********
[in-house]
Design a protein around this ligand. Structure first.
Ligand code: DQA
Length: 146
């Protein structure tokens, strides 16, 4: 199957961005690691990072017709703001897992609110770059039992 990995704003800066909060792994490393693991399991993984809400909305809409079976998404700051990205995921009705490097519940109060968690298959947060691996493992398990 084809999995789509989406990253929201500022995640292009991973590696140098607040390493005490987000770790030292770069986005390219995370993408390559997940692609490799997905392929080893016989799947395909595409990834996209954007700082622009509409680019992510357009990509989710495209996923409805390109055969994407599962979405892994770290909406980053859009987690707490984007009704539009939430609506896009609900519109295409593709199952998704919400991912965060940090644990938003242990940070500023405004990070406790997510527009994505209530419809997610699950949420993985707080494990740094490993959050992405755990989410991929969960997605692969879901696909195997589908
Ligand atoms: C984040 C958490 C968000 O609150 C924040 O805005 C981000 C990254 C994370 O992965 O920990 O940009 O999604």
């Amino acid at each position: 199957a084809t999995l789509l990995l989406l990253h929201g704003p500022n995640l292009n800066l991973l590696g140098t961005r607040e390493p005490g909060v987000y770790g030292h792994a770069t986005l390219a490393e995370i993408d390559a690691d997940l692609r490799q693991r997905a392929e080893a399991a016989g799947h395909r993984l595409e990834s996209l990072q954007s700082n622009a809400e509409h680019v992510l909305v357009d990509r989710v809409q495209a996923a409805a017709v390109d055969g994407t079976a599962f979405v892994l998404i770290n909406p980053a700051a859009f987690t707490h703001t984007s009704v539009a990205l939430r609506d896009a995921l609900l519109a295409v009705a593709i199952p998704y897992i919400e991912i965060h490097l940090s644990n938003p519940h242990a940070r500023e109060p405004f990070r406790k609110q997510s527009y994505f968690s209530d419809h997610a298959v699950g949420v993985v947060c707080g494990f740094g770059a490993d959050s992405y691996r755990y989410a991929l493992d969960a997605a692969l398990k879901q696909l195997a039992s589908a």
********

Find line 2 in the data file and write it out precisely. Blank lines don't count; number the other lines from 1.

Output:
Design a protein around this ligand. Structure first.